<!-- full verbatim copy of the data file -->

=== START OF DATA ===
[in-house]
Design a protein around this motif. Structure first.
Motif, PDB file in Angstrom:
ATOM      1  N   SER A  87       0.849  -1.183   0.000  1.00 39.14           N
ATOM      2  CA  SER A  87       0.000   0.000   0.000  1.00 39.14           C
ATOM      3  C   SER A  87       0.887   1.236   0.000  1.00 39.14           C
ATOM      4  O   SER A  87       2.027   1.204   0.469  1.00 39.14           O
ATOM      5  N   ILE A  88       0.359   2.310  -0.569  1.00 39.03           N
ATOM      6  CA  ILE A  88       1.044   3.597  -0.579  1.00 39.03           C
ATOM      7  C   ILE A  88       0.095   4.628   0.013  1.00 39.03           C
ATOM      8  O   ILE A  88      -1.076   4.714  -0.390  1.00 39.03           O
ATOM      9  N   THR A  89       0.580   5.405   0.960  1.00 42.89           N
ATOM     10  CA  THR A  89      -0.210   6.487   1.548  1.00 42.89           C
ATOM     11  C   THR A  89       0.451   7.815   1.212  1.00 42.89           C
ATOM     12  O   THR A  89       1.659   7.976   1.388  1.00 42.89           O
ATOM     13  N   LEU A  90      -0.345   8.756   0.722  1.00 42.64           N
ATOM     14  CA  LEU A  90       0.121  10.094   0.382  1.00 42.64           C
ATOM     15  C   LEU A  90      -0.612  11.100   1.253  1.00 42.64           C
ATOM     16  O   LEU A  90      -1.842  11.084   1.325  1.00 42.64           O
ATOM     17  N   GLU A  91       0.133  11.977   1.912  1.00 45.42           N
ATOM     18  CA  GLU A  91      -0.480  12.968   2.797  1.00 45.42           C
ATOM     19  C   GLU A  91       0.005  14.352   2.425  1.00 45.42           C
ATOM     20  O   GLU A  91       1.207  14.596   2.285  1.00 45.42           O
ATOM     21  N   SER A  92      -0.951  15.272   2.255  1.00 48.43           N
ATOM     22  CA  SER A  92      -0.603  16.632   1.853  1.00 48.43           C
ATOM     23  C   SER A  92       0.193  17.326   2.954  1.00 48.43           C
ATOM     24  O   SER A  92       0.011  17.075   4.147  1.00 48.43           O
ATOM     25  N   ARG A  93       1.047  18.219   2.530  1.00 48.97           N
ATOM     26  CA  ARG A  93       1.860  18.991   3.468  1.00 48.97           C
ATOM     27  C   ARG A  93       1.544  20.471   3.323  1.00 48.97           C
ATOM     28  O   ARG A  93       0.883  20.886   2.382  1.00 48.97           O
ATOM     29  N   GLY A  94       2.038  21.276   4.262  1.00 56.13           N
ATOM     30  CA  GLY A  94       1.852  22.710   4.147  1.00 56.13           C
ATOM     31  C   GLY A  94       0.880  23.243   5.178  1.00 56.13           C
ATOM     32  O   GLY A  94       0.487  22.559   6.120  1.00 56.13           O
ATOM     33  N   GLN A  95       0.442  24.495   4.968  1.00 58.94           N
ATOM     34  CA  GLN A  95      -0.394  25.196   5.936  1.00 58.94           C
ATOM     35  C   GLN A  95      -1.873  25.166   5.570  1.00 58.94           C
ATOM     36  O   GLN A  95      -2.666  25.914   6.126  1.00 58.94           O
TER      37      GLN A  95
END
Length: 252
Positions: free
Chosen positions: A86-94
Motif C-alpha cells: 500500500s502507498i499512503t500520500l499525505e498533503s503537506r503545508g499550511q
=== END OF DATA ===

[in-house]
Design a protein around this motif. Structure first.
Motif, PDB file in Angstrom:
ATOM      1  N   SER A  87       0.849  -1.183   0.000  1.00 39.14           N
ATOM      2  CA  SER A  87       0.000   0.000   0.000  1.00 39.14           C
ATOM      3  C   SER A  87       0.887   1.236   0.000  1.00 39.14           C
ATOM      4  O   SER A  87       2.027   1.204   0.469  1.00 39.14           O
ATOM      5  N   ILE A  88       0.359   2.310  -0.569  1.00 39.03           N
ATOM      6  CA  ILE A  88       1.044   3.597  -0.579  1.00 39.03           C
ATOM      7  C   ILE A  88       0.095   4.628   0.013  1.00 39.03           C
ATOM      8  O   ILE A  88      -1.076   4.714  -0.390  1.00 39.03           O
ATOM      9  N   THR A  89       0.580   5.405   0.960  1.00 42.89           N
ATOM     10  CA  THR A  89      -0.210   6.487   1.548  1.00 42.89           C
ATOM     11  C   THR A  89       0.451   7.815   1.212  1.00 42.89           C
ATOM     12  O   THR A  89       1.659   7.976   1.388  1.00 42.89           O
ATOM     13  N   LEU A  90      -0.345   8.756   0.722  1.00 42.64           N
ATOM     14  CA  LEU A  90       0.121  10.094   0.382  1.00 42.64           C
ATOM     15  C   LEU A  90      -0.612  11.100   1.253  1.00 42.64           C
ATOM     16  O   LEU A  90      -1.842  11.084   1.325  1.00 42.64           O
ATOM     17  N   GLU A  91       0.133  11.977   1.912  1.00 45.42           N
ATOM     18  CA  GLU A  91      -0.480  12.968   2.797  1.00 45.42           C
ATOM     19  C   GLU A  91       0.005  14.352   2.425  1.00 45.42           C
ATOM     20  O   GLU A  91       1.207  14.596   2.285  1.00 45.42           O
ATOM     21  N   SER A  92      -0.951  15.272   2.255  1.00 48.43           N
ATOM     22  CA  SER A  92      -0.603  16.632   1.853  1.00 48.43           C
ATOM     23  C   SER A  92       0.193  17.326   2.954  1.00 48.43           C
ATOM     24  O   SER A  92       0.011  17.075   4.147  1.00 48.43           O
ATOM     25  N   ARG A  93       1.047  18.219   2.530  1.00 48.97           N
ATOM     26  CA  ARG A  93       1.860  18.991   3.468  1.00 48.97           C
ATOM     27  C   ARG A  93       1.544  20.471   3.323  1.00 48.97           C
ATOM     28  O   ARG A  93       0.883  20.886   2.382  1.00 48.97           O
ATOM     29  N   GLY A  94       2.038  21.276   4.262  1.00 56.13           N
ATOM     30  CA  GLY A  94       1.852  22.710   4.147  1.00 56.13           C
ATOM     31  C   GLY A  94       0.880  23.243   5.178  1.00 56.13           C
ATOM     32  O   GLY A  94       0.487  22.559   6.120  1.00 56.13           O
ATOM     33  N   GLN A  95       0.442  24.495   4.968  1.00 58.94           N
ATOM     34  CA  GLN A  95      -0.394  25.196   5.936  1.00 58.94           C
ATOM     35  C   GLN A  95      -1.873  25.166   5.570  1.00 58.94           C
ATOM     36  O   GLN A  95      -2.666  25.914   6.126  1.00 58.94           O
TER      37      GLN A  95
END
Length: 252
Positions: free
Chosen positions: A86-94
Motif C-alpha cells: 500500500s502507498i499512503t500520500l499525505e498533503s503537506r503545508g499550511q